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Up Bloody Foreland, Donegal

Up Bloody Foreland

Bloody Foreland is one of my favourite locations in Donegal. It is one of the wildest, windiest and most beautiful places I have been. The light is sharp and clear.  You feel healthier for breathing the air here.

House on Cnoc Fola
House on Cnoc Fola

The wind is always blowing. It is very remote and feels a bit like the edge of the known-world.

Derelict house, Bloody Foreland
A derelict house, Bloody Foreland

 

The name Bloody Foreland (Cnoc Fola in Irish means Hill of Blood) does not to refer to some past battle that took place here in mythic times, but  intense red hue of the rocks at sunset. The Irish language dominates here.

Folklore records that Balor, the one-eyed supernatural warlord was eventually slain by his grandson Lugh Lámh Fhada on the slopes of Cnoc Fola. Indeed, some say that the tide of blood which flowed from Balor’s evil eye stained the hillside and gave it its name.

 

Bloody Foreland, Donegal
Bloody Foreland, Donegal

 

I particularly like the incredible stone walls, made of massive granite boulders, that snake across the hills here. They date from the 1890s. They suggest to me a landscape where stones were plentiful and labour cheap. It is also the sort of place where writers come to get away from the modern world and think about writingDylan Thomas, travelled to An Port, further south to write poetry, but left without paying his bills.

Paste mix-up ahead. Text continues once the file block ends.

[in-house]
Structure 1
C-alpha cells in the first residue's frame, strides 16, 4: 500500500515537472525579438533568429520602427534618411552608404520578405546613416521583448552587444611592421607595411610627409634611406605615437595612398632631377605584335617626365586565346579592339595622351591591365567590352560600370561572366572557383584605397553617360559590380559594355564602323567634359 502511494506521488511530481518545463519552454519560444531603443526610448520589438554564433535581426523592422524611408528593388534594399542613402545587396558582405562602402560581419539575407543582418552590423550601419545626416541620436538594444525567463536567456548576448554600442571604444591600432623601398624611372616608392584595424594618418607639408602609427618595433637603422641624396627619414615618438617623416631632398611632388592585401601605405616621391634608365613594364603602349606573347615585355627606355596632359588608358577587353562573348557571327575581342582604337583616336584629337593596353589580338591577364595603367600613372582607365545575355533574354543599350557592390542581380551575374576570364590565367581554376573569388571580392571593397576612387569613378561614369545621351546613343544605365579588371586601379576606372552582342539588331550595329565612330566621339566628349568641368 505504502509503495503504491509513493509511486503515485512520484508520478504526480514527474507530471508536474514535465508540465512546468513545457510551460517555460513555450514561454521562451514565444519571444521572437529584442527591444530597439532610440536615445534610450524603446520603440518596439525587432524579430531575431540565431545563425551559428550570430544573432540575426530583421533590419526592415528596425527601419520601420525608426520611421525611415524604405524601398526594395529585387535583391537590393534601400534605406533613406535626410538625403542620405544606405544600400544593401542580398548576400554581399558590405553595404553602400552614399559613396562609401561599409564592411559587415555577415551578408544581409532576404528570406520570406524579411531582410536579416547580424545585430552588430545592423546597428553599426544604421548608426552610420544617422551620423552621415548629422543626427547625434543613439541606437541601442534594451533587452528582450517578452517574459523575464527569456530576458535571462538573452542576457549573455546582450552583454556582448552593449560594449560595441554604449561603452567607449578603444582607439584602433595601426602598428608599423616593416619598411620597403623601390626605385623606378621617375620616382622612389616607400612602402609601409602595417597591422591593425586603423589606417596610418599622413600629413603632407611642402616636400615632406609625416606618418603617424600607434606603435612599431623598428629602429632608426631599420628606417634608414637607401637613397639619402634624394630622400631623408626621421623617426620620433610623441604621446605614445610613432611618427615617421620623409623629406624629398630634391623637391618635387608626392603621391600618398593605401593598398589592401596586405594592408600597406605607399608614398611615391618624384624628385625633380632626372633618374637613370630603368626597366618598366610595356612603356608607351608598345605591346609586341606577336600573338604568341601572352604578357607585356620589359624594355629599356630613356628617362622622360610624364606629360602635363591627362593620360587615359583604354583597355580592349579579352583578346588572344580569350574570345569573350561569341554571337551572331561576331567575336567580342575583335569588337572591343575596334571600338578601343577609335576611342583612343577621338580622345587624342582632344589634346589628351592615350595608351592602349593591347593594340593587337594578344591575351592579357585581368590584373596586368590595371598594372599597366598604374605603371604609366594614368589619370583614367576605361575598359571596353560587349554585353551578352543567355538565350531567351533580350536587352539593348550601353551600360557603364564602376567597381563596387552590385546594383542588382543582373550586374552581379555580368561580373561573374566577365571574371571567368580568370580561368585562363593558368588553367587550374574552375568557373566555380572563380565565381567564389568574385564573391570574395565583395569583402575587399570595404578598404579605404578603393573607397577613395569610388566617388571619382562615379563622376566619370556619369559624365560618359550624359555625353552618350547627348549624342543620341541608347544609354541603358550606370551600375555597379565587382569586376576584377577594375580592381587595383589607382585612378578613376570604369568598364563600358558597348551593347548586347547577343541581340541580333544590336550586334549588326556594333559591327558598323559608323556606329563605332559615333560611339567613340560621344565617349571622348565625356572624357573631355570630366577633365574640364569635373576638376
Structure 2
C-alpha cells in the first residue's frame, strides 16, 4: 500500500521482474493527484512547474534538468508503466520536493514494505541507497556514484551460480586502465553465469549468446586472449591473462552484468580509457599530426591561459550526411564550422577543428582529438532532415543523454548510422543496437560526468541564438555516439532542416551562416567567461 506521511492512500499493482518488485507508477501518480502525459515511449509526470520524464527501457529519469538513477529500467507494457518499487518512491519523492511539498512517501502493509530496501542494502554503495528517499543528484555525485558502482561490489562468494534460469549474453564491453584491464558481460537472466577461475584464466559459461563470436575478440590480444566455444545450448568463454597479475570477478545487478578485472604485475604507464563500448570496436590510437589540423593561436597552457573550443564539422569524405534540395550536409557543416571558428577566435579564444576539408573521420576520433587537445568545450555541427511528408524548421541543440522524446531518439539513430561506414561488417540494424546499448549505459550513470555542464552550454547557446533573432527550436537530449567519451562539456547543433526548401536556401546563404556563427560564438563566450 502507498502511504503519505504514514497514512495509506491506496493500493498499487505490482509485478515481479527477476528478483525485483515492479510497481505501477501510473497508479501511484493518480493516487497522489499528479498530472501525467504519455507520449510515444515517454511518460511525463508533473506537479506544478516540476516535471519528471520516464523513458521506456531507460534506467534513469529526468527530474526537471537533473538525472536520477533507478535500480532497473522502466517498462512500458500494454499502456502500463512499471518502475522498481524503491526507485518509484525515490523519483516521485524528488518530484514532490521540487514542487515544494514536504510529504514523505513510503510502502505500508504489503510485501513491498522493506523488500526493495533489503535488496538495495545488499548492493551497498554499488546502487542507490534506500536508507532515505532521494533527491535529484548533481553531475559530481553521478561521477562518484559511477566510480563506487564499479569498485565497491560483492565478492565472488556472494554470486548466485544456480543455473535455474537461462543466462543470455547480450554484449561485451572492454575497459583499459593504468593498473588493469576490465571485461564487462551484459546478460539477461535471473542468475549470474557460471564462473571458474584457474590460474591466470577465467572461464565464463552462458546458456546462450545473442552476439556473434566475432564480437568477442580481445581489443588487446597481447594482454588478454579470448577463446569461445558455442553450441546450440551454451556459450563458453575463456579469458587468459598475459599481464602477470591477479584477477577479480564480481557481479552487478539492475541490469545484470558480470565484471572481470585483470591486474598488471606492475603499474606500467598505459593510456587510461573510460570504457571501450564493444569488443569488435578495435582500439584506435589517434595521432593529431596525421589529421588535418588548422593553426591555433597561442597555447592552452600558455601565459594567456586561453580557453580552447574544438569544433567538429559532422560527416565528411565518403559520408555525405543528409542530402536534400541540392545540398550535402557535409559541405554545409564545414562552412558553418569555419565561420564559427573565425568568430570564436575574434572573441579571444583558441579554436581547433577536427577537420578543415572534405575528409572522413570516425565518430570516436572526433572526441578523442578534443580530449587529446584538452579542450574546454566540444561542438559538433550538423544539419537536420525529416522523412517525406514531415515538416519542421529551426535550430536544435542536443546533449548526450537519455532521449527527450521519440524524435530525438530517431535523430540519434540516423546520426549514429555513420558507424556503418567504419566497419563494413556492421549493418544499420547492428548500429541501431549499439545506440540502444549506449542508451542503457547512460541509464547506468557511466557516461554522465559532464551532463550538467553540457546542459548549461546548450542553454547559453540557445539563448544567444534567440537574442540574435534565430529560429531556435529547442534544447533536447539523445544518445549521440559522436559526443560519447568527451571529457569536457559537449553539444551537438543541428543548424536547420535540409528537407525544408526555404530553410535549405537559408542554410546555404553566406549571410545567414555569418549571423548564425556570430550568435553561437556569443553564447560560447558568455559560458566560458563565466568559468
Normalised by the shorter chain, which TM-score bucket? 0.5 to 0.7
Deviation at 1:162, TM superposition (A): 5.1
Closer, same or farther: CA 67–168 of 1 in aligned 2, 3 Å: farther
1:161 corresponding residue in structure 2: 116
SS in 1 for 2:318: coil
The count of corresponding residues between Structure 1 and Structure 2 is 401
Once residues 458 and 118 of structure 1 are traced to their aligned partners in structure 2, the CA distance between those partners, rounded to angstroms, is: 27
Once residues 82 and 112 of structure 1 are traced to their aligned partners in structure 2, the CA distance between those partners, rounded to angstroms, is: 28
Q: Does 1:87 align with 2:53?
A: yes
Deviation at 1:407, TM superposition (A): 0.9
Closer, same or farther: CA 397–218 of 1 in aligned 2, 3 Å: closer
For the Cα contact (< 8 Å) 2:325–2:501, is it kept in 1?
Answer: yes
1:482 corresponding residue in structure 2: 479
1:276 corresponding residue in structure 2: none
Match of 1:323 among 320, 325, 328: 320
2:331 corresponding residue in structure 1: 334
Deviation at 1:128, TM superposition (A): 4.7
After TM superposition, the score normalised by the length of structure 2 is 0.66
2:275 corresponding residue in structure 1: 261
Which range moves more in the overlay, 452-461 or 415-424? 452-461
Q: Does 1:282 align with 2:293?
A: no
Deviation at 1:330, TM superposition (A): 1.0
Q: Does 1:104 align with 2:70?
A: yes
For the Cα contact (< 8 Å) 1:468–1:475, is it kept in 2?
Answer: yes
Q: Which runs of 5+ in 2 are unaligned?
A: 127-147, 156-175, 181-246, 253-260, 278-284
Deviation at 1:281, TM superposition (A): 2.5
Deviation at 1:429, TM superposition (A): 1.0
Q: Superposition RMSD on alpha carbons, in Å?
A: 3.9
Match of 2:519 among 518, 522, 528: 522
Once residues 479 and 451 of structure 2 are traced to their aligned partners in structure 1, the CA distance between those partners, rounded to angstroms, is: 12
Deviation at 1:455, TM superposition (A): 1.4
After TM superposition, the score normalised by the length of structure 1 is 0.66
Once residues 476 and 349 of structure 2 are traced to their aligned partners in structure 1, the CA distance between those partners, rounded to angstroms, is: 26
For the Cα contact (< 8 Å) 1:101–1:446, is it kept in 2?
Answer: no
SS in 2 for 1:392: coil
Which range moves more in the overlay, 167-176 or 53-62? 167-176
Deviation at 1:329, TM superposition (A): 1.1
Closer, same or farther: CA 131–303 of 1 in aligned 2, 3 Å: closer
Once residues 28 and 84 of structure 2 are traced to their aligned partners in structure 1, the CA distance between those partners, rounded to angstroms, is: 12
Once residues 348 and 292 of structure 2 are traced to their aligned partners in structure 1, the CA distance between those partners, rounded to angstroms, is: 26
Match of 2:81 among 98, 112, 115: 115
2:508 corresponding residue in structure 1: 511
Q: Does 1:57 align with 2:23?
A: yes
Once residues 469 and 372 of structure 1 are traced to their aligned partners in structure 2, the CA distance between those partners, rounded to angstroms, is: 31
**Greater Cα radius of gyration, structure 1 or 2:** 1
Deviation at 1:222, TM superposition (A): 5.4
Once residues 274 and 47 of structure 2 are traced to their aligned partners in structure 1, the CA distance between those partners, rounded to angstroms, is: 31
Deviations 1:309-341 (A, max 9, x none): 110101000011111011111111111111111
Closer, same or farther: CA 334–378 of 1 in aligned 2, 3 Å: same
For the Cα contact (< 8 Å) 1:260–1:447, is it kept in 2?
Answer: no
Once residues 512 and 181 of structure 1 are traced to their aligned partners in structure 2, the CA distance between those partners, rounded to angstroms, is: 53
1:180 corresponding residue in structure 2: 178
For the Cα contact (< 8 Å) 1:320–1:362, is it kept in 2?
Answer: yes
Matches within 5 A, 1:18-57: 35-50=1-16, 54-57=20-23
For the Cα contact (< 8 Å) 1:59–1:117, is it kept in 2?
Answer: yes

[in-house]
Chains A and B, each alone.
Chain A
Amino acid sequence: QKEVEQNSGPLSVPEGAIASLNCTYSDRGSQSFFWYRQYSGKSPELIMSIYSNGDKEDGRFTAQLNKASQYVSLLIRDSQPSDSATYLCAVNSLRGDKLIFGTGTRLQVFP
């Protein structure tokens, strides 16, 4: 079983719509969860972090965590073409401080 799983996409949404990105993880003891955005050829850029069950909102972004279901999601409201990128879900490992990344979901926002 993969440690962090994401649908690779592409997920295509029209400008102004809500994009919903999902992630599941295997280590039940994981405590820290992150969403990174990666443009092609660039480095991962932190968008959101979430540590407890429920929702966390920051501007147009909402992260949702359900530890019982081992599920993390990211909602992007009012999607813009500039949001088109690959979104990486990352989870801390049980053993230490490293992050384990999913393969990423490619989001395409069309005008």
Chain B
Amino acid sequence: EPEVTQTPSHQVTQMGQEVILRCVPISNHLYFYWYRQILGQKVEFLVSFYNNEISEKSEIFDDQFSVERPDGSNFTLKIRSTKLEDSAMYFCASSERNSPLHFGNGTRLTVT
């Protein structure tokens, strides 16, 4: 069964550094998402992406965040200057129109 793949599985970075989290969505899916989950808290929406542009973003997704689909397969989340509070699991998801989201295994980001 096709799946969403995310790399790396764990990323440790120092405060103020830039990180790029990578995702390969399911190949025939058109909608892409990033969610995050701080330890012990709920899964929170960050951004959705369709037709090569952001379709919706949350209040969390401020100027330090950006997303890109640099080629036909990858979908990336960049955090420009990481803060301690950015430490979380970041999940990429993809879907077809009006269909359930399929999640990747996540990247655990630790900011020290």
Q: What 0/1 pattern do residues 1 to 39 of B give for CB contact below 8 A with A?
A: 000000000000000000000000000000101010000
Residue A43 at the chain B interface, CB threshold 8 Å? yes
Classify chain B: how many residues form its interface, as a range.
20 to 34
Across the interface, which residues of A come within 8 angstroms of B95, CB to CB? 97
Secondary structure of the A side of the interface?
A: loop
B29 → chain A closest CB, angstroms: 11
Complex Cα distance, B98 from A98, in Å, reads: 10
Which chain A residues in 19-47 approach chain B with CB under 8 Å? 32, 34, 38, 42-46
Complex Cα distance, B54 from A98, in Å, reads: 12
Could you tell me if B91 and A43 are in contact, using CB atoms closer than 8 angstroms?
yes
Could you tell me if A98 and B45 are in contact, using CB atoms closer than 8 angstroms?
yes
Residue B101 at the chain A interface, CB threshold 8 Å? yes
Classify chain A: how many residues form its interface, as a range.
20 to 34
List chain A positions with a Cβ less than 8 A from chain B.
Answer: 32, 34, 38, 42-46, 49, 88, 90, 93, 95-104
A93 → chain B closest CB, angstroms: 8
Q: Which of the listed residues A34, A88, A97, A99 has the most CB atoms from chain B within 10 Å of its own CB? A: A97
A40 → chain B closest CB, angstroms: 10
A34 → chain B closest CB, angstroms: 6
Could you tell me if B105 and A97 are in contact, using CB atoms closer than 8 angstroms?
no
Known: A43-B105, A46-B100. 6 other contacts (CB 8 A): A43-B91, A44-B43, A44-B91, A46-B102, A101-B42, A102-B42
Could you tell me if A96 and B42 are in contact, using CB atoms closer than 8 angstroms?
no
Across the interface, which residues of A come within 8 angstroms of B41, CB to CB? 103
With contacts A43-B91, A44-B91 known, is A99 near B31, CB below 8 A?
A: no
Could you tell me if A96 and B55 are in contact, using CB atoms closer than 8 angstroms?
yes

Old Farm BuildingsOld Farm Buildings, Bloddy Foreland 

Bloody Foreland,  also makes a refreshing contrast to the slopes of Brinlack and Derrybeg, round the corner, which are heavily peppered with larger modern houses and bungalows from the era of “Bungalow Bliss“.

Houses on Bloody Foreland, Donegal
Houses on Bloody Foreland, Donegal

 

This is the first time that I have been able to paint Ireland whilst in Ireland. Previously, I have worked from my photos back in Wales. Now I think that being surrounded by these colours all the time is affecting my work in a different way.

I am experimenting a little with less detail and letting my under painting show through more – to give a greater sense of the roughness of the landscape here. I am feeling my way. I don’t know how my paintings will develop in the future, but not knowing is a sort of freedom from painting the same thing in the same sort of way.

Painting of Houses on Bloody Foreland

Up Bloody Foreland, Donegal 

 

 

 

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Cottage in Roshin Acres, Ireland

Painting of Irish landscape

This is only a short post because my cold from hell isn’t shifting and I have been ordered to rest by Séamas, which as you see, I am failing to do!

I like red and orange. Especially in winter. I have noticed that I like to paint red and orange things in wintertime. I previous years it has been red coats on the harbor beach at Tenby, or grandparents buying ice-creams in Brynmill Park. This year it’s the autumnal orange foliage of Donegal.

Painting of Cottage in Donegal, Ireland

Cottage in Roshin Acres, Ireland (SOLD)

I painted this small painting over a number of days, over Christmas. I would usually paint a picture like this in one day but the light kept going and I wasn’t very energetic so I decided not to rush it and wait until the next day. I think my patience was well-rewarded.

I have painted this house before, in a much larger painting. It’s interesting how the more distant view produces a cooler more airy painting. 

Painting of Donegal landscape, Ireland
Roshin Acres, Ireland

(SOLD)